Asia in 18th-century Edinburgh institutions: seen or unseen?

Beatrice Teissier (Author)

Society of Antiquaries of Scotland, Royal Society of Edinburgh, Advocates' Library
Asia; China; Egypt; Scotland; UK
18th century, early modern


The paper is intended to show how Asian material and its display influenced perceptions of Asia, and vice versa, and to what degree involvement in Asia was considered to be a part of Scots’ self perception in the late 18th century. In Part 1 Asian material donated to Edinburgh institutions (the Society of Antiquaries of Scotland, the Royal Society of Edinburgh and the Advocates’ Library) is compared and discussed in the context of owners and donors (including private collectors), acquisition and value, display and learning, and organization. Gifts and prices are listed in two tables. Part 2 is divided into several sections: (i) communications on Asia delivered to the institutions are contextualized; (ii) 18th-century perceptions of ancient Egypt and China are discussed as these were crucial in contemporary discourses of antiquity; (iii) the university and scholarship are examined to show J Robertson’s attitude towards the teaching of oriental languages; (iv) the reading of manuscripts and the translation of texts from Asia are discussed to show the impact they had in Scotland; (v) the impact of orientalist William Jones and the Asiatic Society is assessed.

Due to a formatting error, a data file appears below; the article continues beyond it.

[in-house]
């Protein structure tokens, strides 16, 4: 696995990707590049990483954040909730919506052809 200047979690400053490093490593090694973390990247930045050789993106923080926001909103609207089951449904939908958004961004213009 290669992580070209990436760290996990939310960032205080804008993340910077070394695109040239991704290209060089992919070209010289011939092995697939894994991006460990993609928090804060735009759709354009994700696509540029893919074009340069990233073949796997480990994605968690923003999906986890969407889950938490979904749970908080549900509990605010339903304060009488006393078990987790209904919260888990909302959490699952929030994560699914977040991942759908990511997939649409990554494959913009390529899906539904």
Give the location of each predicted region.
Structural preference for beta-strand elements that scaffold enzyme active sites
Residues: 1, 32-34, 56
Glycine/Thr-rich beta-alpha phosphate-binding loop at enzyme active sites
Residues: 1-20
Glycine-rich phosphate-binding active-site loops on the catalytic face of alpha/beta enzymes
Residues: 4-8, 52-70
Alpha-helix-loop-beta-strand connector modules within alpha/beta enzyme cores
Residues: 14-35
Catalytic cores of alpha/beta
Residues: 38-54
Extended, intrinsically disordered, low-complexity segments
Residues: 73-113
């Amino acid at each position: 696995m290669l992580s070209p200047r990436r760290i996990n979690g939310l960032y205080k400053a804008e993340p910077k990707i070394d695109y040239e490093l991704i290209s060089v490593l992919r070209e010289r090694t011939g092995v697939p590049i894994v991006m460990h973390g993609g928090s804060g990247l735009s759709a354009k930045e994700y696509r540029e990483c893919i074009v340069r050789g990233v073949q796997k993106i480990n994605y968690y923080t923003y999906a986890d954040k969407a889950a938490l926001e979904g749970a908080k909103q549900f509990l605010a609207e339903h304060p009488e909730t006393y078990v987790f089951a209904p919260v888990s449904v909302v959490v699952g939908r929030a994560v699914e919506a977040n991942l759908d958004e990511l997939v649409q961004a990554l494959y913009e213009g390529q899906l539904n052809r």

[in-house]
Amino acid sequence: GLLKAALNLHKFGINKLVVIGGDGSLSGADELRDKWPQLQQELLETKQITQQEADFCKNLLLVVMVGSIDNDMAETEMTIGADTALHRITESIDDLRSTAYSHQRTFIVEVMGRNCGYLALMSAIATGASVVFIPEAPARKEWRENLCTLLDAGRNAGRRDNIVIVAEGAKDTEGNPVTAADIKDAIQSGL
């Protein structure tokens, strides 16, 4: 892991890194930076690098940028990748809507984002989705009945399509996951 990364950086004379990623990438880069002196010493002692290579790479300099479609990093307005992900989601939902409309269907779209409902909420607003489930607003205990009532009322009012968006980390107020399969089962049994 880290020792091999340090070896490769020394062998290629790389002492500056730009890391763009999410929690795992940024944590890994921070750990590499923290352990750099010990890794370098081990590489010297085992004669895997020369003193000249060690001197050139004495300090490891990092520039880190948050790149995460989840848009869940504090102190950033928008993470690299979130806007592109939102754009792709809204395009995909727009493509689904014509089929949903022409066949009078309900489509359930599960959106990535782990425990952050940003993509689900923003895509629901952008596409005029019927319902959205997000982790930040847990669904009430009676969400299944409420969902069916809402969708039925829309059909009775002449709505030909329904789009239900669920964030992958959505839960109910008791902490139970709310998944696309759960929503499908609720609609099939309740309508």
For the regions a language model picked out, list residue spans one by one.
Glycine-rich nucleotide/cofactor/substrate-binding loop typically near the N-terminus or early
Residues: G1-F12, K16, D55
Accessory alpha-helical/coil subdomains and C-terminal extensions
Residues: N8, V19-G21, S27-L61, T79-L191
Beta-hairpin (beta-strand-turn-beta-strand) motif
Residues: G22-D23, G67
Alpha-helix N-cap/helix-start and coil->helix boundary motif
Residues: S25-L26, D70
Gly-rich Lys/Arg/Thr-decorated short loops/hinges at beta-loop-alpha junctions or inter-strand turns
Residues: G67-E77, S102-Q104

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How to Cite
Teissier, B. (2005). Asia in 18th-century Edinburgh institutions: seen or unseen?. Proceedings of the Society of Antiquaries of Scotland, 134, 499-556. Retrieved from